Although some restaurants do use tea bags, many use loose-leaf tea, and the best teas are generally only available in loose-leaf form. If you are lucky enough to live near a specialty loose-leaf tea store, or an Asian store with a good selection of loose tea, this may be a good option. However, most Americans do not have this luxury, and must resort to buying from an online retailer. Buying tea online, where you do not have the opportunity to see or smell the leaf, can be a bit intimidating if you are not familiar with the different varieties of tea. A little background information can go a long way towards knowing what to buy.

Oolong, also sometimes spelled “wu long” is a partially-oxidized tea, intermediate between green and black teas. Many oolongs served in Chinese restaurants are roasted fairly strongly, giving them a dark color and a roasted aroma. Jasmine tea is a floral-scented tea, made by mixing tea leaves (usually of green or pouchong tea) with jasmine flowers. It has a strong floral aroma, often described as perfumy. Chinese green tea is very diverse, but most of it is pan-fired, giving it a toastier quality than Japanese greens; some Chinese green tea has a mild smoky aroma, as the tea is pan-fired in woks heated by wood fires. Pu-erh tea is a post-fermented tea, meaning that it is often aged and improves with age. Pu-erh has an earthy aroma and smooth flavor which blends well with Chrysanthemum flowers.

In summary:

There is no one type of tea that is universally served in Chinese restaurants in the United States; however, oolong, jasmine, Chinese green tea, and Pu-erh are common kinds that are served, with Chrysanthemum Pu-erh being especially common in Cantonese restaurants serving dim sum. The best way to purchase any of these teas is to buy them in loose-leaf form. For people not able to find them in a local shop, these varieties of tea are all available through online retailers.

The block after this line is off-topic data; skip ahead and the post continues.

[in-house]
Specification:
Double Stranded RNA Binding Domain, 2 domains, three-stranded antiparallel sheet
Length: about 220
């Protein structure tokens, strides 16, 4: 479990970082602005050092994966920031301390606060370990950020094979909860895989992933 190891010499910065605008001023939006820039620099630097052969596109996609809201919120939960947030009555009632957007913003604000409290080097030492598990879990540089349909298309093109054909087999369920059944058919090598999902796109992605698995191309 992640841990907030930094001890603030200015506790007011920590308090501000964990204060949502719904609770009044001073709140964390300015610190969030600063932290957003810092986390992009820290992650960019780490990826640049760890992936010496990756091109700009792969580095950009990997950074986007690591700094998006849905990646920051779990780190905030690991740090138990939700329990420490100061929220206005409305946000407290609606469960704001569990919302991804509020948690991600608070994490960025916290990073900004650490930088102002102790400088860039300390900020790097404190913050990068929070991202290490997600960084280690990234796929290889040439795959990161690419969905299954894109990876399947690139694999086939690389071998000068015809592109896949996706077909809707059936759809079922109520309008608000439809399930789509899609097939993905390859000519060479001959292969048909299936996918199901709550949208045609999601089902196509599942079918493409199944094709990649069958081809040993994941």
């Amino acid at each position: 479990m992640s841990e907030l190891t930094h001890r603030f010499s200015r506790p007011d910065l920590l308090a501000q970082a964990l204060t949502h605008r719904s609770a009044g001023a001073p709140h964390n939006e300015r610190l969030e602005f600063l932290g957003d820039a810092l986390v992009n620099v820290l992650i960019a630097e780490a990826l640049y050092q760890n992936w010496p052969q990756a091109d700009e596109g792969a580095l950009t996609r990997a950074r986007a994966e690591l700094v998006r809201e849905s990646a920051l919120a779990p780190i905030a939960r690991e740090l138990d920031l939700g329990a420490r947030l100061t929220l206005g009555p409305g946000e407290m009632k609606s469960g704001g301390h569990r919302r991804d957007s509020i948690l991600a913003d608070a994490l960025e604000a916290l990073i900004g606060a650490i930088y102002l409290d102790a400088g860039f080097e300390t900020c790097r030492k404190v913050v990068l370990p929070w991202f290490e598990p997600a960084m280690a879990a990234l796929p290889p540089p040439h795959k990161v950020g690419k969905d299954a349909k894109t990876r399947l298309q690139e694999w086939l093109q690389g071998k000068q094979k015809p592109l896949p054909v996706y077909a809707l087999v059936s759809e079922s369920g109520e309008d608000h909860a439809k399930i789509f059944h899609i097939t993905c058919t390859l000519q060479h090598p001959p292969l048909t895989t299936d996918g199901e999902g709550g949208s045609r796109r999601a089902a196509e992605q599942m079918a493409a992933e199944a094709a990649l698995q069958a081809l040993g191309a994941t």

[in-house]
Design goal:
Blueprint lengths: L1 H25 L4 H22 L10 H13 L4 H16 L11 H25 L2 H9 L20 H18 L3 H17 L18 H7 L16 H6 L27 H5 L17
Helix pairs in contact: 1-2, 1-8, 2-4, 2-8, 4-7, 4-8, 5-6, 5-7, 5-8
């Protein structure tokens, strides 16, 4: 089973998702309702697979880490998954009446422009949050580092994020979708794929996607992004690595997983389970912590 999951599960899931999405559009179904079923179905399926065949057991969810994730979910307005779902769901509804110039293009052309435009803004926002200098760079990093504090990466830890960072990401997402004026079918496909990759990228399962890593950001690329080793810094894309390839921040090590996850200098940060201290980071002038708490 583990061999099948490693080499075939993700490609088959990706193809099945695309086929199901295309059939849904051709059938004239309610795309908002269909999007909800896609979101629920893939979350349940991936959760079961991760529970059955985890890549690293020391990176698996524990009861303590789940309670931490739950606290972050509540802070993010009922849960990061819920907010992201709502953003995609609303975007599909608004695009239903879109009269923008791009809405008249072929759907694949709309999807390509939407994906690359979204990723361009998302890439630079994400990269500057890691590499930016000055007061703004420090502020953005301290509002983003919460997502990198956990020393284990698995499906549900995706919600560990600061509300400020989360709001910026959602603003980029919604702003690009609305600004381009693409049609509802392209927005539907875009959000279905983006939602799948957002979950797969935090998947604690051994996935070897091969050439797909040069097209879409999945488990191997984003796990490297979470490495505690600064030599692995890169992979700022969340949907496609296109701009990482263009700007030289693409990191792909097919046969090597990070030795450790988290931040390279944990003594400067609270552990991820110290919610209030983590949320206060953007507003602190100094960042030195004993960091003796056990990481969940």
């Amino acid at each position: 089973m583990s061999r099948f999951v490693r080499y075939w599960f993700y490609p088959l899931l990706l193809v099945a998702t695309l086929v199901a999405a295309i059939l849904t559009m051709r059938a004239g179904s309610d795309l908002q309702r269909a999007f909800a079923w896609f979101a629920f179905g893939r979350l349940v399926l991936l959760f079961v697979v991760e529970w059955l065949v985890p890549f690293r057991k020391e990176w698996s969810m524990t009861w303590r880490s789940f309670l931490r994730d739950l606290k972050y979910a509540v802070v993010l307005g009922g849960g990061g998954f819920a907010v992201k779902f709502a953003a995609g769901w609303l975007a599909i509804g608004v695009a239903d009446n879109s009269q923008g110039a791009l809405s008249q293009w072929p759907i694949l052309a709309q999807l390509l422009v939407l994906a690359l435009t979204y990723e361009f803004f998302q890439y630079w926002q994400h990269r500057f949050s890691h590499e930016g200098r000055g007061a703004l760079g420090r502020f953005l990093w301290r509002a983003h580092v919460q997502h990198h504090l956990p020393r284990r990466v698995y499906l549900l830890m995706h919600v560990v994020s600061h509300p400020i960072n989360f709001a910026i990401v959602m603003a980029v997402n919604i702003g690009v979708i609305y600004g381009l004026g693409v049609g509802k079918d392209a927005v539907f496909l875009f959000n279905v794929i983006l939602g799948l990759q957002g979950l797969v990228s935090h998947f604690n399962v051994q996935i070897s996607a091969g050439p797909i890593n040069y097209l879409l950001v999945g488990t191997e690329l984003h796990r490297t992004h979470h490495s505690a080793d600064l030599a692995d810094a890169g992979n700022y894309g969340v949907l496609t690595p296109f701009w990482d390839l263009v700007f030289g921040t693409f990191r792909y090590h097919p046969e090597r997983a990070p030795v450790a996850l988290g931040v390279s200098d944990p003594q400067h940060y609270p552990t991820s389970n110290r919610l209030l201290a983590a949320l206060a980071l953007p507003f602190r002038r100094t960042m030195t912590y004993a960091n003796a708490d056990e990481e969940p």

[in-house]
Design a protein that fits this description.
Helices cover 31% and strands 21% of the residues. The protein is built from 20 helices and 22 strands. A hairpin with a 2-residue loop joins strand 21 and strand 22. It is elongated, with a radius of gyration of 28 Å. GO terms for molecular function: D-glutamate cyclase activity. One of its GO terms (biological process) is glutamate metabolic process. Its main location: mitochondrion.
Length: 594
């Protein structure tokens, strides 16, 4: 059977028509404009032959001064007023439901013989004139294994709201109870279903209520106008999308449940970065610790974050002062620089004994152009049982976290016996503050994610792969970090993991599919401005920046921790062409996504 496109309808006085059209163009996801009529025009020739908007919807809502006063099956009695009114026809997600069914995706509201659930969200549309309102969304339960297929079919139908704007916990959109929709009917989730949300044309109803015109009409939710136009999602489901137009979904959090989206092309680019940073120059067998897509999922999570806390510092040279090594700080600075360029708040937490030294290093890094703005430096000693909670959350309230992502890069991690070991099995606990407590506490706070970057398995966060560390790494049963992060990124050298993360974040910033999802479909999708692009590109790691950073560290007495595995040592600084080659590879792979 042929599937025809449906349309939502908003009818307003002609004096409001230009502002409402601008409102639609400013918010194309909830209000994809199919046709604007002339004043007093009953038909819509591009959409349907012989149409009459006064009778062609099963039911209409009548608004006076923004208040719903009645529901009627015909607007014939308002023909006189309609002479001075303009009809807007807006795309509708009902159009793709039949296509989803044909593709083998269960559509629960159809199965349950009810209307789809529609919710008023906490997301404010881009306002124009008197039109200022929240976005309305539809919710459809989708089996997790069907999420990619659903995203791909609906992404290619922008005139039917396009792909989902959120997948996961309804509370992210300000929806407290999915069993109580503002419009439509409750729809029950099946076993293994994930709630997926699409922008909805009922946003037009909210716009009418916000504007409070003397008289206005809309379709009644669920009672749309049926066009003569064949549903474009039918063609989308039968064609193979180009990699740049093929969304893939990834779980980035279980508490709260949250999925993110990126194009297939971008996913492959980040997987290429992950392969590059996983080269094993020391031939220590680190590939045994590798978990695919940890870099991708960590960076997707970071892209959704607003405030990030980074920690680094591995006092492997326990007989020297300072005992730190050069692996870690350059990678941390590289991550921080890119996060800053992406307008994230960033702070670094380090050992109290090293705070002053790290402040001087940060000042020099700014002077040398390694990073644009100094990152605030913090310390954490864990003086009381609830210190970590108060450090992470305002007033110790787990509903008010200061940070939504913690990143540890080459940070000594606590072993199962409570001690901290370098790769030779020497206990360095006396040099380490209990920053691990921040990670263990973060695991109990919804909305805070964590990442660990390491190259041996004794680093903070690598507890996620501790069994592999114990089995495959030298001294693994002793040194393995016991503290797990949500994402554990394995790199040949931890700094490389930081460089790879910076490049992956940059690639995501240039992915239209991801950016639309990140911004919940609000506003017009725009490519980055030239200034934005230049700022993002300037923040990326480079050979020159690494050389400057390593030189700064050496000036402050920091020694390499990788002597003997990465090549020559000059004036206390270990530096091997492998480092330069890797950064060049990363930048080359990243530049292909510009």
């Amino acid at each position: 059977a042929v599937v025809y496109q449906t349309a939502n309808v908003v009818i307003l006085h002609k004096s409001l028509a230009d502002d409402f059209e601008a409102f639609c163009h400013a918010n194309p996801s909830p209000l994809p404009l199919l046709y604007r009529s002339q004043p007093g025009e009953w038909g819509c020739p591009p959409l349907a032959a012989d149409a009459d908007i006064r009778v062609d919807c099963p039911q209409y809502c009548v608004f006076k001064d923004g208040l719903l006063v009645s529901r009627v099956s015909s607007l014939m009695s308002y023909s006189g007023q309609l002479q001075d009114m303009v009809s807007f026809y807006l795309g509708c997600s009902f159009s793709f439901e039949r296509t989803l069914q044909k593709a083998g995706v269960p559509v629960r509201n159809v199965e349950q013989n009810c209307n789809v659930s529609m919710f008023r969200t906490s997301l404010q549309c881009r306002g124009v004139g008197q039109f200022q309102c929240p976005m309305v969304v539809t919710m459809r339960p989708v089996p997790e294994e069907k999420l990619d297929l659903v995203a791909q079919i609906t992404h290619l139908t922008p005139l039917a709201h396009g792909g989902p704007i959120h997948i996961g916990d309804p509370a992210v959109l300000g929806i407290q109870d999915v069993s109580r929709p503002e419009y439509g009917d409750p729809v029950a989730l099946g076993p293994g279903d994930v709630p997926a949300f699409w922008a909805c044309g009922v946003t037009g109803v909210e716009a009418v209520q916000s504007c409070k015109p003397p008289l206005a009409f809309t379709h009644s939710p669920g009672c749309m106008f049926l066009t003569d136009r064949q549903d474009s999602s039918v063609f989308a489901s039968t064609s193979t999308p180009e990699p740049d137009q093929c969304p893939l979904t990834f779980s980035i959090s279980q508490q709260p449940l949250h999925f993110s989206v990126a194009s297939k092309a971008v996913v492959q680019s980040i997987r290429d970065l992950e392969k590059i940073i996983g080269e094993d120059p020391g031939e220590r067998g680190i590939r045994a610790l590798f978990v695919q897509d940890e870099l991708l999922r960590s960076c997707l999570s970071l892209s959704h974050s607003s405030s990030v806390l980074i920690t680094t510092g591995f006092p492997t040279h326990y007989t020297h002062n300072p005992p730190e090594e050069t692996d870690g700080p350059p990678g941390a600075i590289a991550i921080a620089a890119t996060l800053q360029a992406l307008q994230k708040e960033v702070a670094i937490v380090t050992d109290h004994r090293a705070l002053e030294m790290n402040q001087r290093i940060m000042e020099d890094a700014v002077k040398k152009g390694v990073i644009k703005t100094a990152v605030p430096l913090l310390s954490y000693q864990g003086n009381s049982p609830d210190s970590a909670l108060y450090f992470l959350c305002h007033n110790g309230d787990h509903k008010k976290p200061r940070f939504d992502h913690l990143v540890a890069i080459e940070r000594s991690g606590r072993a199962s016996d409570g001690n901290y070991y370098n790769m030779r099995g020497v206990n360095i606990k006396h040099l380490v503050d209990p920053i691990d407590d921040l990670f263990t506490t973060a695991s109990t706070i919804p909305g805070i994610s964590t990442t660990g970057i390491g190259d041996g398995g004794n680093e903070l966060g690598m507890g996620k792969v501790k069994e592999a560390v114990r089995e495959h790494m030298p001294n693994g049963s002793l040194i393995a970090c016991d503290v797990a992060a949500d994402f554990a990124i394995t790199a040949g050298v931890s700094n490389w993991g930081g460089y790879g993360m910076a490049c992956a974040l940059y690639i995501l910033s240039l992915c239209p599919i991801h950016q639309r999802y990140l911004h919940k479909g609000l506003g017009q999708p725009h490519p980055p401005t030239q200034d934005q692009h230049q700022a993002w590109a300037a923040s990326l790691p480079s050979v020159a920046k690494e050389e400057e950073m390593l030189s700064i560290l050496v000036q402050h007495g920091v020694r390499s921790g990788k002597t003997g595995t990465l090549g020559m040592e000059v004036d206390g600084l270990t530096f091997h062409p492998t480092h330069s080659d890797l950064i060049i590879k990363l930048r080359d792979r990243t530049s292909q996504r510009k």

Best Way to Get Your “Chopsticks” on Chinese Restaurant Supplies

In the Chinese culture, food has always been one of the most important aspects. Like the old saying goes, “Food is the first necessity of the people.” The Chinese have a strong belief in this saying, in fact, the usual greeting between two friends when meeting tends to be “Have you eaten?” rather than “How are you?” Literally everywhere in China, you can easily spot Chinese restaurants and food kiosks regardless if the town is big or small. In actual fact, Chinese restaurants are commonly found in cities all over the world. People from around the world, with different ethnic backgrounds, have learned to appreciate the Chinese culture and their delicious yet nutritious foods.

With that said, opening up a Chinese restaurant can be very lucrative. However, competition will be fierce. Just like in China, you’ll probably find a Chinese restaurant just around the corner from where you live (no matter where your location is…I bet!). It will be difficult to open and actually survive against the current odds that are not in your favor. However, that’s all going to change once I reveal your competitive advantage. It’s quite simple actually. You need to find the perfect online Chinese restaurant supplier.